Q: I have a 2016 BMW 528i. The fan motor is very, very loud. BMW tells me they have had problems with some of the 5 Series fan motors. Since this noise doesn't come up on an error code they won't fix it. Now when my car is idling in warm weather it sounds like a junk car. I am thinking of just getting rid of the car. Shame on BMW for knowing about this problem, but refusing to address it. — R.M., Chicago
A: This sounds like your fan might be running at maximum speed in an attempt to prevent overheating. If your coolant temperature is normal, there may be a problem somewhere in the cooling system giving the control module bad info. It could be a coolant temperature sensor, a water pump sensor, air conditioning command for more airflow, or even a failing water pump. Leave diagnosis to a trained professional technician.
Q: My 2002 Dodge Caravan has trouble starting, mostly after the car has been standing overnight. It may require two more attempts until it starts the motor. I'm being told I need a new starter motor, which is expensive for the part and for the installation. I have been willing to put up with this difficulty, especially when it only shows up on the first start of the day. Someone advised me to tap on the starter motor with a heavy tool and it works. I have put up with this for several months now and though it is annoying, I can live with this as long as it does not get worse. Are there any fixes other than a complete replacement of the starter motor? — S.W., Morton Grove, Ill.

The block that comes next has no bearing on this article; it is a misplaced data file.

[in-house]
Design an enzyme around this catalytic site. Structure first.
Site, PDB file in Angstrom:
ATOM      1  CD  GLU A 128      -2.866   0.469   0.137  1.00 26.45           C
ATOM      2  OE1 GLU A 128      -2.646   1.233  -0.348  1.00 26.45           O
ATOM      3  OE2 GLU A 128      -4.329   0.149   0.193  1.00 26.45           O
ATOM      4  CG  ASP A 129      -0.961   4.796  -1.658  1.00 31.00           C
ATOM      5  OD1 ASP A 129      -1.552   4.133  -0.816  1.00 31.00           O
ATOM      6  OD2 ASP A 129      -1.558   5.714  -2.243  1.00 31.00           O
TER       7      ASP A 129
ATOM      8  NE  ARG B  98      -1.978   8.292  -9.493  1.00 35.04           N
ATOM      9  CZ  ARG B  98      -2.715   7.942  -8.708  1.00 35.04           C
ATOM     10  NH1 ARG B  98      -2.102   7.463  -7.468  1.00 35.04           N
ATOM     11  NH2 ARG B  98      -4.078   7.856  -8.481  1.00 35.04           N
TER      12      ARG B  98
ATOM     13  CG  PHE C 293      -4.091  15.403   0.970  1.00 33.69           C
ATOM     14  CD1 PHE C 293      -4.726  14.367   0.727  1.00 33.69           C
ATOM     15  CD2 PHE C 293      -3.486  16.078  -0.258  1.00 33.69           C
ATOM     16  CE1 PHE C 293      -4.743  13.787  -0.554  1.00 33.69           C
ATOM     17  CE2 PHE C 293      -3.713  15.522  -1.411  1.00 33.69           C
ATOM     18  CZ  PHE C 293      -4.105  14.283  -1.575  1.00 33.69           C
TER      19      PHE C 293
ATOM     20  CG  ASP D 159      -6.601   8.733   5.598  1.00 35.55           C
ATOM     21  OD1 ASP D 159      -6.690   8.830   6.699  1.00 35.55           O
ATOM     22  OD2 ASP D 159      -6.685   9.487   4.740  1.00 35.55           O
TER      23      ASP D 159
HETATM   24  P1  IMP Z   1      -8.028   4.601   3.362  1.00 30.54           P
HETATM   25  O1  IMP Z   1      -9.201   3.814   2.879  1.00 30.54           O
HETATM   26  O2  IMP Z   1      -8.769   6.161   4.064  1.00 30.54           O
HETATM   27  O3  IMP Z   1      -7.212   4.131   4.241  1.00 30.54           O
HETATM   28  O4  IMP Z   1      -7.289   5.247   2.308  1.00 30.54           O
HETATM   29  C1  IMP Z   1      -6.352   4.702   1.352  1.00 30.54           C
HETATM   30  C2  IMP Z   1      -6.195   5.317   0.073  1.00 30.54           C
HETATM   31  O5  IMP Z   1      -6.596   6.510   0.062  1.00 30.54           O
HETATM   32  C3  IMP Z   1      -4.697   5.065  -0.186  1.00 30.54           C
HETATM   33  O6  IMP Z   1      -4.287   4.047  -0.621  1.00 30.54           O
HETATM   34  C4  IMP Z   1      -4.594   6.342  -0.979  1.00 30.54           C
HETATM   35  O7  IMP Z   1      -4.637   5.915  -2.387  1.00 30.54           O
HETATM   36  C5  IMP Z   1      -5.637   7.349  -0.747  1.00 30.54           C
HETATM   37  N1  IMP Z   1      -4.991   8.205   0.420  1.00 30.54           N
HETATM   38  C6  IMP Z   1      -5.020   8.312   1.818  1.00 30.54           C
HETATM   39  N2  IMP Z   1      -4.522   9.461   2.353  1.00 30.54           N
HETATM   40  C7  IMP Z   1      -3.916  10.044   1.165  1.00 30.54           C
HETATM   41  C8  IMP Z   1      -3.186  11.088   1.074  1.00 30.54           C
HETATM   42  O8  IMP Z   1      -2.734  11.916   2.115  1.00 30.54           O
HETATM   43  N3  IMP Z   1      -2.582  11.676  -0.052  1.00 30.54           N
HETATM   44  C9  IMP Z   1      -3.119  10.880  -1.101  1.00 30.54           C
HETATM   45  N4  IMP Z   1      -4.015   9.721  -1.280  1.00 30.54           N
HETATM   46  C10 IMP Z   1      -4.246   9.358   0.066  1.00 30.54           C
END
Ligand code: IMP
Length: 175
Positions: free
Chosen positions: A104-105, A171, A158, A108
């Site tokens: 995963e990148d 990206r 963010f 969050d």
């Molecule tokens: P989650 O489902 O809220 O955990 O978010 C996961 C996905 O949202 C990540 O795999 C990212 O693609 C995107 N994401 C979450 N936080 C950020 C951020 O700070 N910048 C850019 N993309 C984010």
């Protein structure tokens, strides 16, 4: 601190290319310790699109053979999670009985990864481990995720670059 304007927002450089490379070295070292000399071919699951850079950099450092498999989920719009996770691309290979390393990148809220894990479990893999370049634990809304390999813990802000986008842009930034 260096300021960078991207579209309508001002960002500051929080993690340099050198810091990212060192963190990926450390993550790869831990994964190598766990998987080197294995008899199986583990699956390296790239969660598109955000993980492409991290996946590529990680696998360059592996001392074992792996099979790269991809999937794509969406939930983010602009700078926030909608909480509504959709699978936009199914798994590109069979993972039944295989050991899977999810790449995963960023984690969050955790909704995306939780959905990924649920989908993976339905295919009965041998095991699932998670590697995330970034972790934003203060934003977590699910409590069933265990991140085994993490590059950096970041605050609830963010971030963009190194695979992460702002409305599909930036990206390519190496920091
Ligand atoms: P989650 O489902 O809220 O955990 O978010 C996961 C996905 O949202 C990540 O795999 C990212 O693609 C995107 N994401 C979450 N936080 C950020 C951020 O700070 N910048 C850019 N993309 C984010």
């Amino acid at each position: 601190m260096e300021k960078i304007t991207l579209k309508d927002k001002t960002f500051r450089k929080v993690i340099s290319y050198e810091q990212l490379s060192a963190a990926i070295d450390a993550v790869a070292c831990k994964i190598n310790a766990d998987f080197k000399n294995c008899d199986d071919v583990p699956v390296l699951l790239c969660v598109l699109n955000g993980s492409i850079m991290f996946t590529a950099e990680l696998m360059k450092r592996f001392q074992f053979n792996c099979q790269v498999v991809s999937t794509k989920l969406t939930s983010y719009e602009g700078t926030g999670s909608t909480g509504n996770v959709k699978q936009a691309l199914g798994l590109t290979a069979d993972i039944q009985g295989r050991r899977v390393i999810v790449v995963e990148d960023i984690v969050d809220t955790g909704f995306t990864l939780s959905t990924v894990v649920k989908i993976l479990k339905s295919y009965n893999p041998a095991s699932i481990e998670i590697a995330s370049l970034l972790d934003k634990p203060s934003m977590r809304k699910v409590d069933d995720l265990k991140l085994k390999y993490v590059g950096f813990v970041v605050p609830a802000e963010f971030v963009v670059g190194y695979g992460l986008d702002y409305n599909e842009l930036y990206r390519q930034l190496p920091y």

A: There are no fixes other than replacement. When the starter motor stops spinning, it comes to rest on a dead spot on the armature. Rapping on the starter nudges it just enough from that position. Eventually, you will either tire of whacking the starter (winter is approaching, ugh) or the starter will quit responding to your persuasion.
Q: In your recent response about bleeding tire pressure you recommended starting the day of a trip to the inflation pressure on the door placard. What about the situation where you are traveling across the country from the Midwest to the Southwest in the winter? On a recent trip to Scottsdale, Ariz., from Chicago my tire pressure went way up in warmer temperatures. Does it make sense, if you don't have access to an air compressor, to inflate your tires a bit more than the inflation placard in the evening and then recheck and bleed if necessary the next morning before driving the car? — G.R., Chicago, Ill.
A: Tire pressure increases or decreases by about 1 pound per square inch for every 10 degrees of change in the ambient temperature. That is why it is important to make adjustments from season to season, or in your case, from latitude to latitude. Tire pressure should be checked and adjusted when the tires are cold, after the car has been sitting overnight or several hours. It is OK to drive about 5 miles or so to the nearest station if you don't have an inflator.